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Salmon sperm can help recycling of rare Earth elementsMarvina Munch, U.S. Fish and Wildlife Service

Fish sperm has been found to extract and reprocess rare Earth elements (REEs), meaning it has huge potential to recycle smartphones and other electronic waste.

Japanese scientists have developed a process that uses salmon sperm, also known as milt, to recover and separate REEs in a solution.

At present, REEs are extracted through processes that are extremely costly and damaging to the environment. The new process could provide an environmentally friendly and cost effective alternative to REE extraction.

REEs are used in electronics including smartphones, computers and electronic circuits. Experts believe their discovery could be applied to the extraction of these metals – meaning they could be recycled, rather than ending up in landfill.

Published in the journal PLOS One, the study was led by Yoshio Takahashi at the University of Tokyo. The team found that a number of REEs bound strongly to the surface of bacterial cells through a phosphate site. They then looked to consider how DNA – which has a phosphate site – could be used to extract the materials.

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Salmon sperm is considered industrial waste from fishery industries, so would be a cheap and green alternative to current extraction methodsMarlith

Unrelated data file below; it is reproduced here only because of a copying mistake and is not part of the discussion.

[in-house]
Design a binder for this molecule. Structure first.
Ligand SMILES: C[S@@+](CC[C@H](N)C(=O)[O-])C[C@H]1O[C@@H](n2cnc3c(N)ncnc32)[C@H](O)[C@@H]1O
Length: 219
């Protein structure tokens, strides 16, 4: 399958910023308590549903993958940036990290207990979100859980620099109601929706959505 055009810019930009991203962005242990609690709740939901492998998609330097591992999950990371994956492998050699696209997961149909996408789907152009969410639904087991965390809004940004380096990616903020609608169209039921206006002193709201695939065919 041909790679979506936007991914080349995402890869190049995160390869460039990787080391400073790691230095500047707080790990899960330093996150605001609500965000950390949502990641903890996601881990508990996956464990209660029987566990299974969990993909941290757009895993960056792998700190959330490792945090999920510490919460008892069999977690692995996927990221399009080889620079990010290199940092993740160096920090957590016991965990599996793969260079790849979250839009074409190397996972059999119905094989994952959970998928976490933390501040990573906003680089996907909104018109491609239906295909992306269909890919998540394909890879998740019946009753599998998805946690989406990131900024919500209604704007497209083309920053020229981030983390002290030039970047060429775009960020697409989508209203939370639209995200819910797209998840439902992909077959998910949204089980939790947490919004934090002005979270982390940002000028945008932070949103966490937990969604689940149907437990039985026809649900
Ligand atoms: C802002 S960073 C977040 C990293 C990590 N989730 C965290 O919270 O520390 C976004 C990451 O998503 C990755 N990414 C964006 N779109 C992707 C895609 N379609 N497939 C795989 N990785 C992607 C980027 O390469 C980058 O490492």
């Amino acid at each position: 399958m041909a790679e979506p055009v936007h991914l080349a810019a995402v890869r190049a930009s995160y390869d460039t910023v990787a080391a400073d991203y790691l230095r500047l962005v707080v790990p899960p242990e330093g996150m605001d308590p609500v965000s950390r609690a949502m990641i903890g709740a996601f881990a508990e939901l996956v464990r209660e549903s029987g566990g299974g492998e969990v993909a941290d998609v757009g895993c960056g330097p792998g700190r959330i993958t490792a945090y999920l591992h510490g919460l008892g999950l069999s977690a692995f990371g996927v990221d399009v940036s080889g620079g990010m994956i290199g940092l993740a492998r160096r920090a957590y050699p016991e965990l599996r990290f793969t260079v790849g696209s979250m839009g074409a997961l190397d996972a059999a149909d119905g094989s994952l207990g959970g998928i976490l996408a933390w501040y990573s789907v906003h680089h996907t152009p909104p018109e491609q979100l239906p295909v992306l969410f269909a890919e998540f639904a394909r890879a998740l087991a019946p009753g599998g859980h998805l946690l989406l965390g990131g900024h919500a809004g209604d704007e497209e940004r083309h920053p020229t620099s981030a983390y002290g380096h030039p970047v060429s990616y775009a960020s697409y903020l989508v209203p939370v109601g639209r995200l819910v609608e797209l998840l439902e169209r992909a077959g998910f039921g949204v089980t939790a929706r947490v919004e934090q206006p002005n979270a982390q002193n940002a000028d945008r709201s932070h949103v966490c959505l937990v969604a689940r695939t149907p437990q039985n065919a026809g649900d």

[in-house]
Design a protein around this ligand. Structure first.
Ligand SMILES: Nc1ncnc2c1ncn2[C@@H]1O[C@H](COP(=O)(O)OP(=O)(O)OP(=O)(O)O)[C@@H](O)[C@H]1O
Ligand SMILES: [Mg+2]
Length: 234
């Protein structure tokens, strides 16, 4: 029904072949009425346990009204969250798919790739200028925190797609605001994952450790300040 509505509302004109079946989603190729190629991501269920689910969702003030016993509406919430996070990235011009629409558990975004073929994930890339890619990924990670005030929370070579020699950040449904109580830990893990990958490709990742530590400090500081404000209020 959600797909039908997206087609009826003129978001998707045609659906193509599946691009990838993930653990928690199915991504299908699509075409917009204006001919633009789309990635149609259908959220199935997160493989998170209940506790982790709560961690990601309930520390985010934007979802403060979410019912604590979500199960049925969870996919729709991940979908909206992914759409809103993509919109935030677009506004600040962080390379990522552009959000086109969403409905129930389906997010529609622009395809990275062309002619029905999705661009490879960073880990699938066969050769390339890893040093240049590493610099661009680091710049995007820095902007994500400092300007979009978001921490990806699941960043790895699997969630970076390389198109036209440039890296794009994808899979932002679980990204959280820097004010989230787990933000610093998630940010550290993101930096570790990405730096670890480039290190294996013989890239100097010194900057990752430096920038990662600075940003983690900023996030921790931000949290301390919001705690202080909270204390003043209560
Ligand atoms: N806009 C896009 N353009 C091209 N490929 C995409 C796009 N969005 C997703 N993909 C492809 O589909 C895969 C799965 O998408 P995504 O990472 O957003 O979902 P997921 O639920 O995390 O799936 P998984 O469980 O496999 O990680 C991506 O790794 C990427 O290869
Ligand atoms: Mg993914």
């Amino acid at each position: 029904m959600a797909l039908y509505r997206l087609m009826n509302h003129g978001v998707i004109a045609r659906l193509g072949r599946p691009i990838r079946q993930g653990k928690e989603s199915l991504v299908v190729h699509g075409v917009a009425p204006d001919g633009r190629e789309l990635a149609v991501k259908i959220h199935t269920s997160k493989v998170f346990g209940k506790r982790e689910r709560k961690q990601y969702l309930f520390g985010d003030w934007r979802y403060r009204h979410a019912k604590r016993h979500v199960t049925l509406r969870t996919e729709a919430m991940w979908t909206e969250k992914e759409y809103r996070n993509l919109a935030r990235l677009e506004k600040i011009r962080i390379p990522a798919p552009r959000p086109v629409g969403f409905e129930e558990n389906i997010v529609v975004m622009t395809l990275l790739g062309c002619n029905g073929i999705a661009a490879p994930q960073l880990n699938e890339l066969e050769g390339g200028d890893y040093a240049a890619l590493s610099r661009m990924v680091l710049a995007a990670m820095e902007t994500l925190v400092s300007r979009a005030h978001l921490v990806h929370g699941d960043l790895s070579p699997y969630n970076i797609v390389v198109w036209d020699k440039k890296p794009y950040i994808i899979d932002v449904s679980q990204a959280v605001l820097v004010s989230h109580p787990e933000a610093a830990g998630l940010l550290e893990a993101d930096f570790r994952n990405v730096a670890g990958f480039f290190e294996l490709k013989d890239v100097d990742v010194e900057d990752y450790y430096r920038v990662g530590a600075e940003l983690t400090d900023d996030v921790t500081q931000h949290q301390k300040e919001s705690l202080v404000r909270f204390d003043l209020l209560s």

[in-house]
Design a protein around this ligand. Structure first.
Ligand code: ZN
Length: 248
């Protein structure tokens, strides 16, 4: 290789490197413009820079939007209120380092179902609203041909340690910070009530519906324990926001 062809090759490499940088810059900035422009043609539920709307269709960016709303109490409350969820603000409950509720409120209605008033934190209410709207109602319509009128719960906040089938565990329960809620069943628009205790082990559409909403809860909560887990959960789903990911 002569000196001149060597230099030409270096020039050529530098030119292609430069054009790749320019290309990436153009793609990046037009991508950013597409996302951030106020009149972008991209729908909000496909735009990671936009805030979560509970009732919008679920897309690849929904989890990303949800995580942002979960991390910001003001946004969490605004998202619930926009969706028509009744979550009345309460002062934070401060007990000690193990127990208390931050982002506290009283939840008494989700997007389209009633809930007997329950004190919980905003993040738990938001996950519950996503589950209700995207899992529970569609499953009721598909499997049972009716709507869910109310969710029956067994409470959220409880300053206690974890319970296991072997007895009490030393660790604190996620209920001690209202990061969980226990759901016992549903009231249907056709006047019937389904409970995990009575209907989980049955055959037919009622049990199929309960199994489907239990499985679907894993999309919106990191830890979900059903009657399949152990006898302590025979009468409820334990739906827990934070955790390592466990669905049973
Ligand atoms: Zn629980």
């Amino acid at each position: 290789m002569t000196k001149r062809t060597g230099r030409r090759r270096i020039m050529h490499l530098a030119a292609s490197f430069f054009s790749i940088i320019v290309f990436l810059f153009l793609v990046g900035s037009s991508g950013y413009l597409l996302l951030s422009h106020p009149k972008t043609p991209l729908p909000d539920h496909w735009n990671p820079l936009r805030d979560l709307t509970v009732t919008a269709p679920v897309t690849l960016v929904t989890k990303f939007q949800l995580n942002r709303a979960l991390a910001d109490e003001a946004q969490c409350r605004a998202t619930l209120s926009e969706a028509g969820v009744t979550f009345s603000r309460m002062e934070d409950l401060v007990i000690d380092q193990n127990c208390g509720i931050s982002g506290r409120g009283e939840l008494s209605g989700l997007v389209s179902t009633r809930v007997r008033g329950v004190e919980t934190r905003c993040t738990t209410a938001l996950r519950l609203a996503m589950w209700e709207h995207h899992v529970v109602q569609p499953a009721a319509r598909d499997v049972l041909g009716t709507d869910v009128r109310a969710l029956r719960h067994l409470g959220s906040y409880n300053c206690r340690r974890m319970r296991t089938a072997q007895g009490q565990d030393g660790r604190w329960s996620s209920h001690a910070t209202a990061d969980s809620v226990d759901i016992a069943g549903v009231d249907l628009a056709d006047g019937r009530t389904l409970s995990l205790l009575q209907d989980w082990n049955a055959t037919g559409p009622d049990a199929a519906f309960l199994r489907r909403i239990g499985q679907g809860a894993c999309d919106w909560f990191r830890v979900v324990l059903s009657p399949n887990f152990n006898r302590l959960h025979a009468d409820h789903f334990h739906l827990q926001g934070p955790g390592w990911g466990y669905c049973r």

Researchers used salmon sperm to test their theory because it is cheap, solid and insoluble. Findings showed that when the sperm was added to the solution, the metal ions developed a strong affinity for the phosphate, and could be removed from the sperm powder.

"The idea of relying on cheap salmon sperm to adsorb and separate rare Earth elements from iron in scrap magnets is quite interesting and, although the proposed protocol does not suppress dissolving the magnets in strong acid, it deserves attention," Jean-Claude Bunzli, a rare Earth metal researcher who was not involved in the study, told Design & Trend.

The authors concluded: "This study shows that freeze-dried salmon milt can be used as adsorbent for REEs and possibly other cations. The results show that the phosphate site in the milt is responsible for REE adsorption onto the milt.

"Considering that milt, an industrial waste from fishery industries, is a low-cost material, its ion-exchange capacity has a substantial potential for use in different fields such as the recovery of cations (eg REE) and wastewater treatment."